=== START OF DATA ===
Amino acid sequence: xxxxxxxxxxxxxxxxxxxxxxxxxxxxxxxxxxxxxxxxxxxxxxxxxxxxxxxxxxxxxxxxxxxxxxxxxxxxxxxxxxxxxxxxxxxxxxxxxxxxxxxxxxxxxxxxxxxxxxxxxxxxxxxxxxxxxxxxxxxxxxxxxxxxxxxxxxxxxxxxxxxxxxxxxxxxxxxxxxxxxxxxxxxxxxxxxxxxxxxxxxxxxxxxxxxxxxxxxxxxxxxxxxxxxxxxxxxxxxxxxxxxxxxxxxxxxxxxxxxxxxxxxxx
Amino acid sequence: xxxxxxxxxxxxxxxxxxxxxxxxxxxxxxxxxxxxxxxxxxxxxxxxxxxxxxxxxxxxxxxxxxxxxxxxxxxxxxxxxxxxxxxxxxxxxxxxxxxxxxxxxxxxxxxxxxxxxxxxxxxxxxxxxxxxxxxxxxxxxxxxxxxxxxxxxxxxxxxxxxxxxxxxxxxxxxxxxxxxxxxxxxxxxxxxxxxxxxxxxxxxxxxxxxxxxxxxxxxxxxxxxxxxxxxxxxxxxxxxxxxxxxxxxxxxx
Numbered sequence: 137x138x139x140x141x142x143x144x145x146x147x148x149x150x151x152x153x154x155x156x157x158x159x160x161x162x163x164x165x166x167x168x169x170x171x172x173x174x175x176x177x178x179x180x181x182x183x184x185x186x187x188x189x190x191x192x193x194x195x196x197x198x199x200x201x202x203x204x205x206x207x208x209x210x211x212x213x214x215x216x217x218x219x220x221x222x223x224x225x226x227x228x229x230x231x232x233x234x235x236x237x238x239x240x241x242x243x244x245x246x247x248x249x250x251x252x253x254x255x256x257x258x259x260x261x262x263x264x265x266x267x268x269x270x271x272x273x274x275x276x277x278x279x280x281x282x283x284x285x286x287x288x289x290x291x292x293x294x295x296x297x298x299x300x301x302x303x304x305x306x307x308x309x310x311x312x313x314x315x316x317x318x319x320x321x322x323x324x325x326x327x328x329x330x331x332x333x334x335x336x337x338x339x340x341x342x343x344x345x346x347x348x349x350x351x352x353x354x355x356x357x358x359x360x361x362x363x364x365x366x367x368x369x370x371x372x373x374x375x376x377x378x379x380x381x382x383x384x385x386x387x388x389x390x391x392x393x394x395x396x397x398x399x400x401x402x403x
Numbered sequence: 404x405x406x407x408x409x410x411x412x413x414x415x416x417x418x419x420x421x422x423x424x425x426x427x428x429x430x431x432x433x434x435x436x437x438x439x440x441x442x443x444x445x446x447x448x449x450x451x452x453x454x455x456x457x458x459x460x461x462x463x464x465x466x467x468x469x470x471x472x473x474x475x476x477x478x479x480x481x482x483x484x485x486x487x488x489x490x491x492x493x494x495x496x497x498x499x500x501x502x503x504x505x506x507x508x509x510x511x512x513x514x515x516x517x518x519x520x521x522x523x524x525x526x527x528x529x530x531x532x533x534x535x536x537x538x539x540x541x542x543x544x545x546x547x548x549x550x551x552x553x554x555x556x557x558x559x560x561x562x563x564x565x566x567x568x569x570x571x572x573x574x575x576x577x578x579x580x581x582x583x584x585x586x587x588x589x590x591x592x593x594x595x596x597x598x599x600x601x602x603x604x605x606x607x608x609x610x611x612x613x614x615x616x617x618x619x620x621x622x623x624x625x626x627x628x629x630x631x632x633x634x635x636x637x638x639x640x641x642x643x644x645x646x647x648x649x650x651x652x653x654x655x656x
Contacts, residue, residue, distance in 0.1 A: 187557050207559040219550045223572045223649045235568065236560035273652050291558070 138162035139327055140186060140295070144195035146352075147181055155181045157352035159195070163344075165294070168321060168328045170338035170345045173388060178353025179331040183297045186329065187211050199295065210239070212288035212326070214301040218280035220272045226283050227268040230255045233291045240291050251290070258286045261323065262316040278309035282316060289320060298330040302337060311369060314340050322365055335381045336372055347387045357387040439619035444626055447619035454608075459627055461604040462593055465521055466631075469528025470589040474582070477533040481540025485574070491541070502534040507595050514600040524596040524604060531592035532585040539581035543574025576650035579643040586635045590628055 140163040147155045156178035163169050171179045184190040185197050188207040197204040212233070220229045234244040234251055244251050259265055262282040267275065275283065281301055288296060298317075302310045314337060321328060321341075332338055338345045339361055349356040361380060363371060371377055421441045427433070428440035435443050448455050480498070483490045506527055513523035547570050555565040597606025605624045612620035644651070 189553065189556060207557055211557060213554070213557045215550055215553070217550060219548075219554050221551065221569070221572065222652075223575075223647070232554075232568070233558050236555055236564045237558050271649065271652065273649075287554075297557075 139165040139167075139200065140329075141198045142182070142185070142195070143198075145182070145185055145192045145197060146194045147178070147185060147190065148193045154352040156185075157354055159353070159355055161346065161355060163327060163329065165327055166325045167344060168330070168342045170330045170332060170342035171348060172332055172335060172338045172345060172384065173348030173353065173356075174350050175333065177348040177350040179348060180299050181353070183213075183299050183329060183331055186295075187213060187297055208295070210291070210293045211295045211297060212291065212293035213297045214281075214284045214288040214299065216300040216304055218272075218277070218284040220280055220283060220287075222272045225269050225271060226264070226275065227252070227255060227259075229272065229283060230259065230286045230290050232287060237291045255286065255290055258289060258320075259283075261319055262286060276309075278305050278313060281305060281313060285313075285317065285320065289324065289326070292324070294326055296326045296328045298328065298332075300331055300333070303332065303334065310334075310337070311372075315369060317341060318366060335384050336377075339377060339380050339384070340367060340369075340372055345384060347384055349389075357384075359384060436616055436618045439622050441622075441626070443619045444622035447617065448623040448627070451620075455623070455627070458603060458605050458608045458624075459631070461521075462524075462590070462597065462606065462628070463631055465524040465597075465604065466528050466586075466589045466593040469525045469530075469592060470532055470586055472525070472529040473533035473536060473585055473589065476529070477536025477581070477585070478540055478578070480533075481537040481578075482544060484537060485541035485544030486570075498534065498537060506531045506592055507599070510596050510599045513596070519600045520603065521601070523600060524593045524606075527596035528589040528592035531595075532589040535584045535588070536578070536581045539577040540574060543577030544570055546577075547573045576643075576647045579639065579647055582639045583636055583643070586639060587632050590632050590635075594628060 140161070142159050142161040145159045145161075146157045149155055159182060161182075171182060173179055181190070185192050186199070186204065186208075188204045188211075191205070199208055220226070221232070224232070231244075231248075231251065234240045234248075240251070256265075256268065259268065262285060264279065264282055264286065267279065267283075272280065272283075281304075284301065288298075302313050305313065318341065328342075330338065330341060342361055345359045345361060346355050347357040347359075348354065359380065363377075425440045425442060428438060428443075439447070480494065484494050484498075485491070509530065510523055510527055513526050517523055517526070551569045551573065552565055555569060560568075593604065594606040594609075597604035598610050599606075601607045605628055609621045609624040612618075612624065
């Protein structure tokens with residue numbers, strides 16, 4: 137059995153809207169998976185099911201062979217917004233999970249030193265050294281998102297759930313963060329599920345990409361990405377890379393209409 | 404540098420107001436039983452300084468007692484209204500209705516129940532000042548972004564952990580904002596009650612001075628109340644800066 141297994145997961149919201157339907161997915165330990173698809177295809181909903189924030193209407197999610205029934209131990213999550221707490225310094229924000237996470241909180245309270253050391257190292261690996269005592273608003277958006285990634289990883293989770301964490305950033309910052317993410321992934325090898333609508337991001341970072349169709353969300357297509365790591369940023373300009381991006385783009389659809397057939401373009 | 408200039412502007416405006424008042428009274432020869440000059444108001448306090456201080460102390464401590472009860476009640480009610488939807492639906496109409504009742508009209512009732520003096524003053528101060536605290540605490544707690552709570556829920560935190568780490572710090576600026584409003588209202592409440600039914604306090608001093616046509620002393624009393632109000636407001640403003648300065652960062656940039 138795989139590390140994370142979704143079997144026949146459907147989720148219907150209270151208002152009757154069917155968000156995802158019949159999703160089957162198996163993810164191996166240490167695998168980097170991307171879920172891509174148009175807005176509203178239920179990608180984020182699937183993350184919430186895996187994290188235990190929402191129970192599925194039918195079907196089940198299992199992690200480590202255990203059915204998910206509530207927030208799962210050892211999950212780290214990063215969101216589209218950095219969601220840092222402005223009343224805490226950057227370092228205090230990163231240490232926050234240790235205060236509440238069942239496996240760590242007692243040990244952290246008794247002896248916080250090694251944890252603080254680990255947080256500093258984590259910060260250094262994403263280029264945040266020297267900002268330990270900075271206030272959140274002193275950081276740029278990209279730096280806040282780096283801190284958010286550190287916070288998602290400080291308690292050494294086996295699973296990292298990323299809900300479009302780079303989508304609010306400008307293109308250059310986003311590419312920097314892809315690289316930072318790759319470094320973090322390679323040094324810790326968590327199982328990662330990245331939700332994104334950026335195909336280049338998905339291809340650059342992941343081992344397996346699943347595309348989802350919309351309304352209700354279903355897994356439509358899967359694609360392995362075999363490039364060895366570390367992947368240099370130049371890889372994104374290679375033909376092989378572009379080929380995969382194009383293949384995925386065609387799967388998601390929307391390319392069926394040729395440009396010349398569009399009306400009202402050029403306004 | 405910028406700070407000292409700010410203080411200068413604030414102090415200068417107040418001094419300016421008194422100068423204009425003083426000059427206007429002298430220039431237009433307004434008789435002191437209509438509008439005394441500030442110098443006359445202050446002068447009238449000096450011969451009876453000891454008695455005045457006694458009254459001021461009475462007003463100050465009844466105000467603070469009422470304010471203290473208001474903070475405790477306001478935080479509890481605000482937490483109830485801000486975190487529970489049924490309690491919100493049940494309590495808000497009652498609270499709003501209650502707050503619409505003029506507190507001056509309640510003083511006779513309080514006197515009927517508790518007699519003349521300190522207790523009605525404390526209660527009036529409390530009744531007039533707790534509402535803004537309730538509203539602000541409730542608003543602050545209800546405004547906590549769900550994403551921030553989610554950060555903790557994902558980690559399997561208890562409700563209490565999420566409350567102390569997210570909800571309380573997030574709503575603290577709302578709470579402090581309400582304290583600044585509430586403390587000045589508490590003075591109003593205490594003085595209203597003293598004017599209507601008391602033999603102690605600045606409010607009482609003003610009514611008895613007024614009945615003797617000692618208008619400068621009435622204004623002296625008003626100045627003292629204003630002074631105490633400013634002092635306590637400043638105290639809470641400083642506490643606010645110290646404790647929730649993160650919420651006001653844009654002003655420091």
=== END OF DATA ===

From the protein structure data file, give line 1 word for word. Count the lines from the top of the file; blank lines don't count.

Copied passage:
Amino acid sequence: xxxxxxxxxxxxxxxxxxxxxxxxxxxxxxxxxxxxxxxxxxxxxxxxxxxxxxxxxxxxxxxxxxxxxxxxxxxxxxxxxxxxxxxxxxxxxxxxxxxxxxxxxxxxxxxxxxxxxxxxxxxxxxxxxxxxxxxxxxxxxxxxxxxxxxxxxxxxxxxxxxxxxxxxxxxxxxxxxxxxxxxxxxxxxxxxxxxxxxxxxxxxxxxxxxxxxxxxxxxxxxxxxxxxxxxxxxxxxxxxxxxxxxxxxxxxxxxxxxxxxxxxxxx